And they are are counting their lucky stars that Lightning captain and power-play wizard Steven Stamkos is not in the lineup tonight… until they realize who else is in action for the desperate Bolts.

Winger Nikita Kucherov, who enters action in a three-way tie for the most power-play goals in the NHL, has become the de facto captain of a Lightning man advantage that enters play as the seventh-best unit in the NHL, and has torched goalies for 15 power-play goals and 27 power-play points in total.

“I think a lot of goals come from the flank there where Kucherov gets one-timers, so cutting that off would be pretty important,” Bruins forward Riley Nash said about the Lightning power play. “Not letting them comfortable and not letting them get the looks they want to get. Make them go to their second, third, and fourth options and take them out of their comfort zone and put them in situations where they’re not used to playing.”

Tampa’s power-play has gone 2-for-10 against the Bruins this season, but are 0-for-6 in their last two games against the B’s

“We want to get back to posting zeros in those situations,” Cassidy said.

Tuukka Rask gets the call in net for the Bruins. Rask stopped 19-of-22 shots in Tuesday’s loss to the Senators. The 30-year-old Rask is 3-0-0 with saves on 75 of 82 shots thrown his way in three games against the Lightning this year.

The Bolts counter with Peter Budaj. The veteran Budaj has one win in two starts for the Lightning since being traded to Tampa Bay from Los Angeles in the Ben Bishop deal, and is 0-2-0 against the B’s this season.

Tampa Bay comes into play five points behind the Bruins for the second wild card spot in the East, and with one game in hand, so this is more than a must-win for Lightning coach Jon Cooper’s group.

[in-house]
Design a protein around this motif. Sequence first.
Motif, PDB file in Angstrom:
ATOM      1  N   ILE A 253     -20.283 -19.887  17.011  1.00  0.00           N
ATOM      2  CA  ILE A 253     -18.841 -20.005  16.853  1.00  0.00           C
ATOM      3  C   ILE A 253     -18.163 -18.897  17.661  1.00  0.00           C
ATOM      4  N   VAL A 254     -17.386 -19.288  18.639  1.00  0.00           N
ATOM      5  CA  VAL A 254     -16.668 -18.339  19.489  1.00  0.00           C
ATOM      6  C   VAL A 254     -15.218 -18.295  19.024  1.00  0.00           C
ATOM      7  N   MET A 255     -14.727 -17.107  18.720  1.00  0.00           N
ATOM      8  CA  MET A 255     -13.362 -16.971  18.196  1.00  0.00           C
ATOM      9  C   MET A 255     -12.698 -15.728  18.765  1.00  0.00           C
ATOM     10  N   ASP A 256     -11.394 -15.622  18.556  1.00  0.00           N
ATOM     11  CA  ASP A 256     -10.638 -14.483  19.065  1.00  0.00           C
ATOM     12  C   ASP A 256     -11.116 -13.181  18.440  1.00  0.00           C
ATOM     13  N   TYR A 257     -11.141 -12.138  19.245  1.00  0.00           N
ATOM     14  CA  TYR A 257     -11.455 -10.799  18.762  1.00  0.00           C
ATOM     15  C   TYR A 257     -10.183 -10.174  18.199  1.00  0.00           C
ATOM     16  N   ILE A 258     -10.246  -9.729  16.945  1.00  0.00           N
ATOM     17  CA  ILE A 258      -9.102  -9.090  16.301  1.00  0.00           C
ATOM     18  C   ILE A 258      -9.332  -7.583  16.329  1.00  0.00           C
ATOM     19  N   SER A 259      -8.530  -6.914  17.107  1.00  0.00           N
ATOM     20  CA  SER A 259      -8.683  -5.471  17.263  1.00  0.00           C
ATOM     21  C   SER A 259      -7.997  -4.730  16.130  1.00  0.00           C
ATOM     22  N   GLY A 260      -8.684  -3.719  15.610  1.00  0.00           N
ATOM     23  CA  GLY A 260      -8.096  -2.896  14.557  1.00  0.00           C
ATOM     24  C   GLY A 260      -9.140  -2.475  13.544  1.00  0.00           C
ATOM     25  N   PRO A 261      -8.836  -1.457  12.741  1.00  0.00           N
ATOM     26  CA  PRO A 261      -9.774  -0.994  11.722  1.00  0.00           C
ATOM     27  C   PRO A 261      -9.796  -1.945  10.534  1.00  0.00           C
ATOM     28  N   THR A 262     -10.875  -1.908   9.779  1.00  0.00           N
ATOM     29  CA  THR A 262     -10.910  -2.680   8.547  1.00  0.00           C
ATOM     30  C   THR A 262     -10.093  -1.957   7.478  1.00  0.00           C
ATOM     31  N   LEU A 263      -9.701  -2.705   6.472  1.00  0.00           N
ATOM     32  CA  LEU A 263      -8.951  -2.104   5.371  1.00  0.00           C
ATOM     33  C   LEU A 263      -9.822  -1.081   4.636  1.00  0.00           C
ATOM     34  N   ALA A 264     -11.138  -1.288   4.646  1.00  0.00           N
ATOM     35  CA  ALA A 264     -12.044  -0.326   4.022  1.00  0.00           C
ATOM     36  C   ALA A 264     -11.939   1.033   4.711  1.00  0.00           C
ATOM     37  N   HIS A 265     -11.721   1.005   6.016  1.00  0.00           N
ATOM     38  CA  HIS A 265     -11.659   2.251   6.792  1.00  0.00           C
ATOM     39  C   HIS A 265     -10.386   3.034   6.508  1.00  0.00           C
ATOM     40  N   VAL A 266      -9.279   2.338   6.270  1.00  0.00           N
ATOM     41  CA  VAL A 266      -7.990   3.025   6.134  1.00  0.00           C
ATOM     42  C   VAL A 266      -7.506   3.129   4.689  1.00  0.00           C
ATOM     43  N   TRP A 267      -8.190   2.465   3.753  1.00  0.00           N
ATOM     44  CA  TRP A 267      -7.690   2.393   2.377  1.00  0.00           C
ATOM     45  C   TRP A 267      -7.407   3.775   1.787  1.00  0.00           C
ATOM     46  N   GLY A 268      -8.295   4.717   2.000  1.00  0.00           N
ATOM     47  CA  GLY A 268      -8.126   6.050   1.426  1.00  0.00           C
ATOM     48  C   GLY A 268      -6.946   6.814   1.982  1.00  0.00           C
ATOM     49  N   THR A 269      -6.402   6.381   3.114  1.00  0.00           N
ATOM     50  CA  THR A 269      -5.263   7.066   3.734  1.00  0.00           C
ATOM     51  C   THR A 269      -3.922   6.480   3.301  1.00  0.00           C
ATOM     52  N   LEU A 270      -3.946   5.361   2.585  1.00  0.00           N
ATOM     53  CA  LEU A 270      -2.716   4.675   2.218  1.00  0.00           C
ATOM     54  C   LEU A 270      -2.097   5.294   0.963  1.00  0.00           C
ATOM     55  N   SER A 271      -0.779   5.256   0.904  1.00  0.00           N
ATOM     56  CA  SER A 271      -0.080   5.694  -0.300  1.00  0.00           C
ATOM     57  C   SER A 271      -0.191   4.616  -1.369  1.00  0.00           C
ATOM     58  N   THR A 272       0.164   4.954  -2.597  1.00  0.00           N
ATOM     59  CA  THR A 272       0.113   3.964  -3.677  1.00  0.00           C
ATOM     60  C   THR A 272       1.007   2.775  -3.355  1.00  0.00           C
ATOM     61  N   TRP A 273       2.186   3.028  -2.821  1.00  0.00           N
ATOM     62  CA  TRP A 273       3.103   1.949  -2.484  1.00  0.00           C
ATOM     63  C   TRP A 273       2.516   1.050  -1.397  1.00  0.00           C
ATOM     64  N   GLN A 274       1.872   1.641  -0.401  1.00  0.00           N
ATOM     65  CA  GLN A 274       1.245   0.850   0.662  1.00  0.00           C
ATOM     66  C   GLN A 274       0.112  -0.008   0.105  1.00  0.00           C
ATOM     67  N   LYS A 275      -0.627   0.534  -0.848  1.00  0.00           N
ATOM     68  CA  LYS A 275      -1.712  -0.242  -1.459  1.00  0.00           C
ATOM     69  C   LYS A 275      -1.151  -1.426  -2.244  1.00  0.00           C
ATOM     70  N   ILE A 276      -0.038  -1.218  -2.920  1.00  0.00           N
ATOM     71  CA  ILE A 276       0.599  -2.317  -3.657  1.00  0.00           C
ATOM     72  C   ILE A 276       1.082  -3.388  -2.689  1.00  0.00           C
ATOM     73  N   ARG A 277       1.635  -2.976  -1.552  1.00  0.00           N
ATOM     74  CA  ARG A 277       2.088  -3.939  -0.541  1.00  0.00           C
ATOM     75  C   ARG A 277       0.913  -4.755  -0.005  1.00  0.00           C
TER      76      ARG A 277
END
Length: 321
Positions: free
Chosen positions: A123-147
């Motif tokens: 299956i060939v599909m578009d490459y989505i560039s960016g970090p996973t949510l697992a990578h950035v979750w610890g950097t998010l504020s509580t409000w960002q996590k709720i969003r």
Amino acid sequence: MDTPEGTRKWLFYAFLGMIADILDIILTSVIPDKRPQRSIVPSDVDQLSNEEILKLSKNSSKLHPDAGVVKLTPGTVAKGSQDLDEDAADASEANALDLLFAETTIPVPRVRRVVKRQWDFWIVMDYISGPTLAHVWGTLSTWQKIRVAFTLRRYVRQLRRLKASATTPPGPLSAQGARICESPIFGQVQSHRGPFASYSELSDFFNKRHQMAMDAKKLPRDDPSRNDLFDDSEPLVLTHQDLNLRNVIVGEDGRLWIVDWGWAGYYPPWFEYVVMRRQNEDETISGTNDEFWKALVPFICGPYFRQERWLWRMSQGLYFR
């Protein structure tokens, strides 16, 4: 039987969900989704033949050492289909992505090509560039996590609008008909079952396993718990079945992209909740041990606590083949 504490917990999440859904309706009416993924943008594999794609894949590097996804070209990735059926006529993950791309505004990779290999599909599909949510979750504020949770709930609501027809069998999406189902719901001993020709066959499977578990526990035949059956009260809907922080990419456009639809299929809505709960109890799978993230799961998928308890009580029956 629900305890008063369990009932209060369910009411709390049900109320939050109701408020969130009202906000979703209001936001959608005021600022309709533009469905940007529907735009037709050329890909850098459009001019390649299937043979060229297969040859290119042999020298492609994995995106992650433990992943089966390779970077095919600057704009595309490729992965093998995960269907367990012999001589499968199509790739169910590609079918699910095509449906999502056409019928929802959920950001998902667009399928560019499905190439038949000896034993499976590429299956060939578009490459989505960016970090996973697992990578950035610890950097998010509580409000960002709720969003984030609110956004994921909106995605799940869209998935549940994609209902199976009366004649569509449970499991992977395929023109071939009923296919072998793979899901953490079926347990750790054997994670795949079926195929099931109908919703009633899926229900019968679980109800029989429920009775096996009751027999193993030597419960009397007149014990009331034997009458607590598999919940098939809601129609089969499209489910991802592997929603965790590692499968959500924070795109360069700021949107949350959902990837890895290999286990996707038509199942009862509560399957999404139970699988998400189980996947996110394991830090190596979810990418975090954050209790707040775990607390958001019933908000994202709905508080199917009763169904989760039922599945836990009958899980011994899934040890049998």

Here are the expected lines and pairings for the Bruins…

Brad Marchand – Patrice Bergeron – David Backes

Drew Stafford – David Krejci – David Pastrnak

Frank Vatrano – Ryan Spooner – Noel Acciari

Matt Beleskey – Dominic Moore – Riley Nash

Zdeno Chara – Brandon Carlo

Torey Krug – Adam McQuaid

Colin Miller – Kevan Miller

Tuukka Rask

Blog Author: 
Ty Anderson

Bruins coach Bruce Cassidy is not worrying about what's out of his control.</p>
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Noel Acciari has been promoted to the third line. (Bob DeChiara/USA Today Sports)

Noel Acciari has been promoted to the third line for tonight’s game against the Lightning. (Bob DeChiara/USA Today Sports)

Forward Noel Acciari has apparently made an impression in his first two games under Bruins interim head coach Bruce Cassidy.

Originally an emergency recall (but transitioned into a regular recall midway through his first game up with the club), the 25-year-old banger has chipped in with an assist, four shots on goal, and five hits in a combined 20:27 of time on ice between losses to the Leafs and Senators to start the B’s increasingly do-or-die week.

It’s the workmanlike sample that’s to be expected from Acciari, and one prompted Cassidy, whose team has dropped three games in a row for the first time since he took over for Claude Julien, to give No. 55 an actual promotion for the first time in his NHL career.